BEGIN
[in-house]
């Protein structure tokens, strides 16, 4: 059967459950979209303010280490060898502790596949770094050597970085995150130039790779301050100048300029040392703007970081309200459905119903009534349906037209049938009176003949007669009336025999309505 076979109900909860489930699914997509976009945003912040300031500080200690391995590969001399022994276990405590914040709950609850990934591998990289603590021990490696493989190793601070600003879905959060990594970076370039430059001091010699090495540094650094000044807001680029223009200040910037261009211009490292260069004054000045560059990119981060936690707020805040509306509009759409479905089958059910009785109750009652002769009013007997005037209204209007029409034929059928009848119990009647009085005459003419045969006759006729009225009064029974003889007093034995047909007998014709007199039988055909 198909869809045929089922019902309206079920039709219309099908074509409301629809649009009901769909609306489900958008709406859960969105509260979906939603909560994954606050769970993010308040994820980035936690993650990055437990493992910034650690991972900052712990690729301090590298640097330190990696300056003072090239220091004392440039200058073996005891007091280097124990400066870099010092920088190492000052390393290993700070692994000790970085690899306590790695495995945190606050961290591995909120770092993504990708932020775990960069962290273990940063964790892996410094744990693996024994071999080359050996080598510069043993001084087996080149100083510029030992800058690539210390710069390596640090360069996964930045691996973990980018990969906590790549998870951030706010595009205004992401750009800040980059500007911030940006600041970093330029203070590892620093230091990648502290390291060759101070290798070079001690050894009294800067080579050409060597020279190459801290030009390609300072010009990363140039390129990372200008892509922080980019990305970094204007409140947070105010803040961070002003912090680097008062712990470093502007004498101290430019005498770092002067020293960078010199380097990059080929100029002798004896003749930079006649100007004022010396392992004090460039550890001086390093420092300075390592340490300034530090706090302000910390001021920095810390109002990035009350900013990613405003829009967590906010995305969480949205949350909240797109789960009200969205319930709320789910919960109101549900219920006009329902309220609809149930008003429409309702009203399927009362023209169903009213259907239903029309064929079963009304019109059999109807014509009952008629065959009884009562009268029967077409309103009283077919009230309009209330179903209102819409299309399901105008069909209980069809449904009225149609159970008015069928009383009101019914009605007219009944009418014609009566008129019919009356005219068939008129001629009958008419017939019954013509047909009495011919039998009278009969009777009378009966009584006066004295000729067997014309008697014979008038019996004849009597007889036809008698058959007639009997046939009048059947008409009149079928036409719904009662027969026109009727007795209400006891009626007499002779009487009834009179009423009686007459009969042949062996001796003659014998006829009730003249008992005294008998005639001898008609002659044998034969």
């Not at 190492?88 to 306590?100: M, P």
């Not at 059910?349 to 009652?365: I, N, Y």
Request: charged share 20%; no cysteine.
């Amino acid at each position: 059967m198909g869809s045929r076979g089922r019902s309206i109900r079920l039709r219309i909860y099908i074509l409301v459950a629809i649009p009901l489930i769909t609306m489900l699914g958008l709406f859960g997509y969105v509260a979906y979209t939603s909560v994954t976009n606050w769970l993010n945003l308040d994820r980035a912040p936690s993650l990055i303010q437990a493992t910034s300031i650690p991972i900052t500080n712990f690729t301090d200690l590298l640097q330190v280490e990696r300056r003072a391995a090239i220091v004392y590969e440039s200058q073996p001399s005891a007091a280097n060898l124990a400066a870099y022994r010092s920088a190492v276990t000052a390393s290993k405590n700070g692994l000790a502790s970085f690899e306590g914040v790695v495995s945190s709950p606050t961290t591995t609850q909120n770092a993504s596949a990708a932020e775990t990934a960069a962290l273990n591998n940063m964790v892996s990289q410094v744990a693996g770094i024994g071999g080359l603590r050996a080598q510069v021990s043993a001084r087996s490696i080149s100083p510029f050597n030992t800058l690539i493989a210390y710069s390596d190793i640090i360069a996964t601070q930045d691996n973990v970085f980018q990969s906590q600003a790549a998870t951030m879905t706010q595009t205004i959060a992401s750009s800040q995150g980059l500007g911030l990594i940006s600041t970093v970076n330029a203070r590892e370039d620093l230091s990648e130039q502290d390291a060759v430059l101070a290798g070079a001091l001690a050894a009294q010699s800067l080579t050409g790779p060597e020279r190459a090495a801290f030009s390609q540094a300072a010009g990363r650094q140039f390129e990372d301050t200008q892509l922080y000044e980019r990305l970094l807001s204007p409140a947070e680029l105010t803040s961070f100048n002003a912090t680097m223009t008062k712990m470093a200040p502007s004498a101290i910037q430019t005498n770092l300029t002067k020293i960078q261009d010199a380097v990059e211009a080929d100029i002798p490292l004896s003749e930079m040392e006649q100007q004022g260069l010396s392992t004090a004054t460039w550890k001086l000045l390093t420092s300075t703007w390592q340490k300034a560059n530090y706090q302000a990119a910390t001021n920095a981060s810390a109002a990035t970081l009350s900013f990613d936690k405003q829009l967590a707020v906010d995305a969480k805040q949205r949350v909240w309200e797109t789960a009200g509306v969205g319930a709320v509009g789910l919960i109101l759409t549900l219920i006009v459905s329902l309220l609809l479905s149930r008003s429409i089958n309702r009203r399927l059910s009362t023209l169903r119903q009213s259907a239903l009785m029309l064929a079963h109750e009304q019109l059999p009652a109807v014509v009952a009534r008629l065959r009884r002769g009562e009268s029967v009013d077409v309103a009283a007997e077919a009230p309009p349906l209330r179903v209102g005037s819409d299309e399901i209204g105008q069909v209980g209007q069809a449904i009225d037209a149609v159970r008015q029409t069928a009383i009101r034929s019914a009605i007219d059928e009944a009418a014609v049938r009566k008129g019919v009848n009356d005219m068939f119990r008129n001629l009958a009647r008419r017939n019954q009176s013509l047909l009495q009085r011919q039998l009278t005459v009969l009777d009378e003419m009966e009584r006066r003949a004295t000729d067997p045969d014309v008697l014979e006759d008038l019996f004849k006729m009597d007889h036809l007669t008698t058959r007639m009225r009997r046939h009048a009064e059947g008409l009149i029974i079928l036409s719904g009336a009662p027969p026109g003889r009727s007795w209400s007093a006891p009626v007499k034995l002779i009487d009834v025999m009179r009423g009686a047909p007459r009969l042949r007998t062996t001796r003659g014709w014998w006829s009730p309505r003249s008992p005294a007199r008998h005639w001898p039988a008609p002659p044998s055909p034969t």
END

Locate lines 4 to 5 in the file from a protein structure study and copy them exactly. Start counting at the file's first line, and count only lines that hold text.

């Not at 059910?349 to 009652?365: I, N, Y």
Request: charged share 20%; no cysteine.